Drones delivering blood and vaccines by parachute

One of the greatest health challenges, especially in developing countries, is to get medical supplies to emergency situations. This is often due to challenging terrain and big gaps in local infrastructure and causes thousands of mothers to die from pregnancy-related complications every year.

Zipline is the world’s first commercial medical drone delivery system, delivering blood and vaccines from central, safe storage facilities in Rwanda. Each Zipline drone has a range of 150 kilometers and can fly 500 deliveries in 24 hours in all weather conditions. The cost per trip is roughly equal to that of the current delivery method, by motorbike or ambulance, and relies on a unique, non-landing boomerang approach that brilliantly bypasses the inherent drone issue of having to land, which depletes battery power and reduces drones’ range.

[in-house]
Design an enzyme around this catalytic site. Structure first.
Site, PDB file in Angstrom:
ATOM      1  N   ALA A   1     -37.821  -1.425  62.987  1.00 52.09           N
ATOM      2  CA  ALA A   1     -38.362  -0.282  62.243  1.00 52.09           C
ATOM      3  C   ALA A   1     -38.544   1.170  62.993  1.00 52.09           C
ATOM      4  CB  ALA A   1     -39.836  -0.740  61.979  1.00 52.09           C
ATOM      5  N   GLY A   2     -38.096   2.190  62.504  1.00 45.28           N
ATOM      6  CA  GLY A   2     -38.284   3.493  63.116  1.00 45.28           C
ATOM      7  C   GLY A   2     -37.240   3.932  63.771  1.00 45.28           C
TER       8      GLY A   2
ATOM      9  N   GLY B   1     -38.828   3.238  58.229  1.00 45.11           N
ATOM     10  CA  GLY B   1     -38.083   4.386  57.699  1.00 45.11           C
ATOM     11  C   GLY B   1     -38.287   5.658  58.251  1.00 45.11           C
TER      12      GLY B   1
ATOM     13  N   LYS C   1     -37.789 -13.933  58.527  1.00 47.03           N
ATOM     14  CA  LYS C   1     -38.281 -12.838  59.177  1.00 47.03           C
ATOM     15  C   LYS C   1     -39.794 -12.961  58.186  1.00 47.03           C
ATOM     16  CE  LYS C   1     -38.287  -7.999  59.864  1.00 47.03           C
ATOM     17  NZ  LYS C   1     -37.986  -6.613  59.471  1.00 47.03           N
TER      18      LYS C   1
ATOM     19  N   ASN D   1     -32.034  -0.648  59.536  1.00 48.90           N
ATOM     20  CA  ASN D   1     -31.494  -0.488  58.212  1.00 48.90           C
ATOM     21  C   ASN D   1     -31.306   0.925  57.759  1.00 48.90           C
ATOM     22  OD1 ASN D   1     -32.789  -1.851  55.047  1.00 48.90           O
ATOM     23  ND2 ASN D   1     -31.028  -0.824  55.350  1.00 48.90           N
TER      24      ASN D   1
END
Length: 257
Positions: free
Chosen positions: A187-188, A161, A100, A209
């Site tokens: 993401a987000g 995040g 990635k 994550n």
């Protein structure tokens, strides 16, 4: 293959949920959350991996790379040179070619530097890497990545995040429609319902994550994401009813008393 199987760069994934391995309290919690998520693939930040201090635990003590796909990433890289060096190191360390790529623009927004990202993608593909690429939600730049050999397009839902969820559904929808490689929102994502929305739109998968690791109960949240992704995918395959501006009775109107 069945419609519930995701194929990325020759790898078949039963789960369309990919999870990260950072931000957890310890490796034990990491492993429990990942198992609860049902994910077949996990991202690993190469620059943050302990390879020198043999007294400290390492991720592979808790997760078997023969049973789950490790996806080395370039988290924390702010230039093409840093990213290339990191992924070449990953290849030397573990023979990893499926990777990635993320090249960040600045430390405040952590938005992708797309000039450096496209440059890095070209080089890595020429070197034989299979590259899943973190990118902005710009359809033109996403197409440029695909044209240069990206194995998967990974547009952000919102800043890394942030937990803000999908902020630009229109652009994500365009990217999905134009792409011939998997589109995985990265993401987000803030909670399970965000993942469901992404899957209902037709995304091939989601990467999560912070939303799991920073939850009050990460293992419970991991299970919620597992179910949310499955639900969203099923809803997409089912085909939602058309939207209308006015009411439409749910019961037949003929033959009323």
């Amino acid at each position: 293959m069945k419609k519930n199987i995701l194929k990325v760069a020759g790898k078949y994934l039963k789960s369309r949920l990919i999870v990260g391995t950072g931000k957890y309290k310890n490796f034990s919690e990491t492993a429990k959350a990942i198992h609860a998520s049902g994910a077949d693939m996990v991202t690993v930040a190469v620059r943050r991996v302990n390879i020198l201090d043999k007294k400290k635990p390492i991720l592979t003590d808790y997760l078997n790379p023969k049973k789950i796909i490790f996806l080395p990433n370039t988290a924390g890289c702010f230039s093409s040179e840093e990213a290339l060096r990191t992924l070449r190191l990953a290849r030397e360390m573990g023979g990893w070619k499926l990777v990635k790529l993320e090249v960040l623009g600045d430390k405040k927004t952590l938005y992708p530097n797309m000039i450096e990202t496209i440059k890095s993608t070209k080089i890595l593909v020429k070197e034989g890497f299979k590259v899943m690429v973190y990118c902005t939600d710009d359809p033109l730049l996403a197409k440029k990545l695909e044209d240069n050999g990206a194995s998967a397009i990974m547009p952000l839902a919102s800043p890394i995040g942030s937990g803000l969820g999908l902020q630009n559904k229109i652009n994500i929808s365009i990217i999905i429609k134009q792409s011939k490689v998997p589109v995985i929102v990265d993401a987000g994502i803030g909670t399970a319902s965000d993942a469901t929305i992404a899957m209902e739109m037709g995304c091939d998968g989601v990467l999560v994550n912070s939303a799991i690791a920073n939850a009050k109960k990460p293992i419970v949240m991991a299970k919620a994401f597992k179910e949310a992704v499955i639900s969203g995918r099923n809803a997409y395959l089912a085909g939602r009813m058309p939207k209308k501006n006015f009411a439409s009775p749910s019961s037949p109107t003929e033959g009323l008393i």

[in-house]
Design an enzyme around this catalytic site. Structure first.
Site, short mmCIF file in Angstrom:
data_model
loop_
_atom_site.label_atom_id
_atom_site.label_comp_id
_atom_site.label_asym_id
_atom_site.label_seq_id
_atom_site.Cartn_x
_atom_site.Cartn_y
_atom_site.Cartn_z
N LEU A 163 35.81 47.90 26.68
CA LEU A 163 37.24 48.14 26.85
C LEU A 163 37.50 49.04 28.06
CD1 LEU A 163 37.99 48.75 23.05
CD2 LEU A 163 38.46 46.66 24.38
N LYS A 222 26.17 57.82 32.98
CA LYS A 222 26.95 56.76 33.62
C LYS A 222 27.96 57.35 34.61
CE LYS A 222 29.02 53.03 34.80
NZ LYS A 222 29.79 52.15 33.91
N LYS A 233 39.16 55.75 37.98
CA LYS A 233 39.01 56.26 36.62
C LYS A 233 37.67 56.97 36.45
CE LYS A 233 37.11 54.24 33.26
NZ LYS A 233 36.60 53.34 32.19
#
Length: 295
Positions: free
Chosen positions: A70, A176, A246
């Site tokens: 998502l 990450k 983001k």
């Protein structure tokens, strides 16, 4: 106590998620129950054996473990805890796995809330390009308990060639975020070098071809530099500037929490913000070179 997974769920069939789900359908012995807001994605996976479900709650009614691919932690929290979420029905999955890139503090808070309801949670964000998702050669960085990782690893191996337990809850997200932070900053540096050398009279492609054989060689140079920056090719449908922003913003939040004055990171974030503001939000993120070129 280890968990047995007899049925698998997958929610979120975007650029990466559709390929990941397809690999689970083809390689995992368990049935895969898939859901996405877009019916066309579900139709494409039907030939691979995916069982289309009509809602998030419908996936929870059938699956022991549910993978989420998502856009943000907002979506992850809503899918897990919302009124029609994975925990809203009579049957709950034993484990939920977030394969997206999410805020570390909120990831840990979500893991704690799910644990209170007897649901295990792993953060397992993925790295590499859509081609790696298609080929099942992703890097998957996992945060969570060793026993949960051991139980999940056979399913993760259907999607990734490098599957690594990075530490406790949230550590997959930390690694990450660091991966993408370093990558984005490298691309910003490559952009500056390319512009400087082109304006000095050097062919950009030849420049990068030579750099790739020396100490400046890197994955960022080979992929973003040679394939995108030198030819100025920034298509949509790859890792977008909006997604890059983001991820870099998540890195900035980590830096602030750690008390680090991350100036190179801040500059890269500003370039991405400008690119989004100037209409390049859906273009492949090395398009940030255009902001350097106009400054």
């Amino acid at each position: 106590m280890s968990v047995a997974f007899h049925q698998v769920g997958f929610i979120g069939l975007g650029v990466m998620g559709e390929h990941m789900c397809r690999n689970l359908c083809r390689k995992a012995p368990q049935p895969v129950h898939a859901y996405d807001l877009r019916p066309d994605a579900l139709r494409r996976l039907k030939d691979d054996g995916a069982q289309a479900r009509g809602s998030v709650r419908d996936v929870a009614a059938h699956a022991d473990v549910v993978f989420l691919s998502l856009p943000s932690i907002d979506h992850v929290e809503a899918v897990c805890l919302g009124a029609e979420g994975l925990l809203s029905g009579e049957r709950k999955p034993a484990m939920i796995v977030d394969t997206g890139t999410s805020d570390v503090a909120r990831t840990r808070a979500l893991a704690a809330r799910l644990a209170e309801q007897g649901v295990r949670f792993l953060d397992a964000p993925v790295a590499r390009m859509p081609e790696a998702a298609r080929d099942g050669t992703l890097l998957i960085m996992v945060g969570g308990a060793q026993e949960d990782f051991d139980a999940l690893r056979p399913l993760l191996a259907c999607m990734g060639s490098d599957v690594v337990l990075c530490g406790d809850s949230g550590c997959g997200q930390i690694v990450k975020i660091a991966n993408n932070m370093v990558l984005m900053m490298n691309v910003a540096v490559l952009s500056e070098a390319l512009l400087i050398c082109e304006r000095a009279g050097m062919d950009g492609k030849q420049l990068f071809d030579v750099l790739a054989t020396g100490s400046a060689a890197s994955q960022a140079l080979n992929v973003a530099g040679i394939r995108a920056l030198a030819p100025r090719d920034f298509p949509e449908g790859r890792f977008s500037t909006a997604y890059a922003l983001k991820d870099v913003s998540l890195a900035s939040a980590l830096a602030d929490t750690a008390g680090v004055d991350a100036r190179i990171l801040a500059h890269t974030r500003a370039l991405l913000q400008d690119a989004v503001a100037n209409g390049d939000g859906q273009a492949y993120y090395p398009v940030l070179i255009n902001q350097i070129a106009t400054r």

In 2017, blood deliveries to 21 transfusing facilities in the western part of Rwanda have begun; this part of the country being notorious for its poor roads and healthcare infrastructure. Deliveries will initially reach about 7 million Rwandan people, covering an area of 7,000 square miles. Zipline recently also announced that it will begin delivering blood and medicine to remote and rural areas in Maryland, Nevada, and Washington (US) under a program set to launch later in 2017. This could serve as a pilot project for a global roll out and a complete redefinition of the delivery of emergency supplies.